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Re: Study of Generator Coil Acceleration Under Load (moderated)
« Reply #34 on: January 22, 2016, 05:17:16 PM »
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Offline gotoluc

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Re: Study of Generator Coil Acceleration Under Load (moderated)
« Reply #35 on: January 22, 2016, 05:56:45 PM »
Hi verpies,

you may not of noticed but the meters measuring the supplied voltage and current for the prime mover (jobmate) are set up as a Low Pass Filter.
I call it my cap bank meters which are permanently setup as a low pass filter (see pics) where the current (right DMM) is measuring the DC voltage across a 0.1 Ohm  resistor which is connected between the right 3,900uf capacitor to the left 3,900uf capacitor. The left DMM is measuring the voltage across the left capacitor which includes the voltage drop.

Knowing this I now believe you would agree the test data to be correct?

Thanks for your help

Luc

Offline verpies

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Re: Study of Generator Coil Acceleration Under Load (moderated)
« Reply #36 on: January 22, 2016, 06:15:21 PM »
you may not of noticed but the meters measuring the supplied voltage and current for the prime mover (jobmate) are set up as a Low Pass Filter.
Indeed, I have not noticed.
A low Pass Filter with low enough cutoff frequency is effectively an averaging circuit.
But I would add small ceramic or film capacitors in parallel with the big electrolytic caps because big caps can have a high ESR at higher frequencies that lets those through.

The left DMM is measuring the voltage across the left capacitor which includes the voltage drop.
So the energy flows form the right cap to the left cap?

Knowing this I now believe you would agree the test data to be correct?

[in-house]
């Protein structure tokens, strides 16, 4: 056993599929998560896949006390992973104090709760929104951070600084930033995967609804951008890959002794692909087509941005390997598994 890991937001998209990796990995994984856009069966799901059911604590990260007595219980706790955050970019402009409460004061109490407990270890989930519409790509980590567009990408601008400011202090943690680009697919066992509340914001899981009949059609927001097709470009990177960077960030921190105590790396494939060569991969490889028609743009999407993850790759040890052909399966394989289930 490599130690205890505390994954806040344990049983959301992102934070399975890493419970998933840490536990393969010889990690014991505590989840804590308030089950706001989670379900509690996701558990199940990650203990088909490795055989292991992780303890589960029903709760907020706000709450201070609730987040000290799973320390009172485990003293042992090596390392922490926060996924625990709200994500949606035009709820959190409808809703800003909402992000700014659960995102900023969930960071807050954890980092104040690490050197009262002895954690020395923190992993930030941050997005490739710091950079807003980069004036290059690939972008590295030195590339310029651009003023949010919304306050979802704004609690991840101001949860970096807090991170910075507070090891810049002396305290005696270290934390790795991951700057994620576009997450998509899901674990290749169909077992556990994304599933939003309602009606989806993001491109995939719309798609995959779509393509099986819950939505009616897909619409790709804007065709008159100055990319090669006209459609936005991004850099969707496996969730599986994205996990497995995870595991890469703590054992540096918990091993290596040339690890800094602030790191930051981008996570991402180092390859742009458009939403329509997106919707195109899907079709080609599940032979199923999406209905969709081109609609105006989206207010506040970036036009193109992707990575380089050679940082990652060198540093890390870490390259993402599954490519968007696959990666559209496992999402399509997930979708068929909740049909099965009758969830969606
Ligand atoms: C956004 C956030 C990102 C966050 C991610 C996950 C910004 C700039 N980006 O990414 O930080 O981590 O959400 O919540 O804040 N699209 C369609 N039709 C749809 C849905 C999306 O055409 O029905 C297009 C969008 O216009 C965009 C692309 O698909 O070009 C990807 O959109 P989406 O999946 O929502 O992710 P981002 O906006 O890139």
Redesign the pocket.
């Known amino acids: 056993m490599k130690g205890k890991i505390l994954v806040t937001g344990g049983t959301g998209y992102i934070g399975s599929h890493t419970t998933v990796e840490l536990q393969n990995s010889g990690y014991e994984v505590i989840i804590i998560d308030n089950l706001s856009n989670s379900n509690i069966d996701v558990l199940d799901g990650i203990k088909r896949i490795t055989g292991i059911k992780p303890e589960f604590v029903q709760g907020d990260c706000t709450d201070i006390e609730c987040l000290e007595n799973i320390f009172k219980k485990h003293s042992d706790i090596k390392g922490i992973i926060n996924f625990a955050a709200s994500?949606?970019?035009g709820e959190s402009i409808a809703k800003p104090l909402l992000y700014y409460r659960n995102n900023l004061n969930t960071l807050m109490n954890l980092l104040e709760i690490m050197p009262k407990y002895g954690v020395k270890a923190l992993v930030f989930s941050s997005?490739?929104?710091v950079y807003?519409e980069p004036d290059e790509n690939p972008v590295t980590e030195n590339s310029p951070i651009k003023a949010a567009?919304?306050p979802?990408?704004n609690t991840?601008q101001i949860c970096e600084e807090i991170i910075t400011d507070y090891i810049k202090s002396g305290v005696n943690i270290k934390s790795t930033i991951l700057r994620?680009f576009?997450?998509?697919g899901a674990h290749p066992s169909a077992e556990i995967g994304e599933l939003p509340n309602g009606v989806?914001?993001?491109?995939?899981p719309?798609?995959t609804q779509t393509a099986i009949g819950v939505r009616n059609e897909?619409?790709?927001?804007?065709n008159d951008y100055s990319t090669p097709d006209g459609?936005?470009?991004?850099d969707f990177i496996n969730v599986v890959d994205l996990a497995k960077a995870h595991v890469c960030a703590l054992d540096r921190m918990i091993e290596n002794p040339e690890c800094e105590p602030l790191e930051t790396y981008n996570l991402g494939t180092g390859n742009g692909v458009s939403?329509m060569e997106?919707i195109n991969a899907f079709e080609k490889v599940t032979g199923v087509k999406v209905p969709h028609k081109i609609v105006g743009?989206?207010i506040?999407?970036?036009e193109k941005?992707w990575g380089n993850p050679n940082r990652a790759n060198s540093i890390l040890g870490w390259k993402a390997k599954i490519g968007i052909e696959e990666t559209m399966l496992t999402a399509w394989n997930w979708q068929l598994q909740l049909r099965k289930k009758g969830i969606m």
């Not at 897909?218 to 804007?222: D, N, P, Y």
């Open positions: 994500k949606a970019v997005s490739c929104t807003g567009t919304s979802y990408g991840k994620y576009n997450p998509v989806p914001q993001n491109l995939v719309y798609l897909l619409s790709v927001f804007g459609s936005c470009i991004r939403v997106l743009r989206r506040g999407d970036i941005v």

Yes, the input power of the prime mover was correctly calculated.

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Re: Study of Generator Coil Acceleration Under Load (moderated)
« Reply #36 on: January 22, 2016, 06:15:21 PM »
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Offline gotoluc

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Re: Study of Generator Coil Acceleration Under Load (moderated)
« Reply #37 on: January 22, 2016, 06:38:30 PM »
So the energy flows form the right cap to the left cap?

No, the Left cap is the DC input filling Right cap (through resistor) and why I mentioned the left DMM is measuring the voltage across the right cap since there will be a voltage drop caused by the resistor.

I also had a 100000uf cap between the prime mover and the low pass filter output cap to make sure there was a smooth transition between the two.

I agree on adding a 0.1uf across the low pass filter output cap. But for the low frequency the prime mover was I'm sure it was adequate.
I'll add it in case I use it for high frequency work.

When ever DC is being switched on and off, I always use this low pass filter metering system. I suggest everyone to build one for this purpose which makes measurements simple and accurate.

Thanks for your help

Luc

Offline verpies

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Re: Study of Generator Coil Acceleration Under Load (moderated)
« Reply #38 on: January 22, 2016, 07:54:08 PM »
No, the Left cap is the DC input filling Right cap (through resistor) and why I mentioned the left DMM is measuring the voltage across the right cap since there will be a voltage drop caused by the resistor.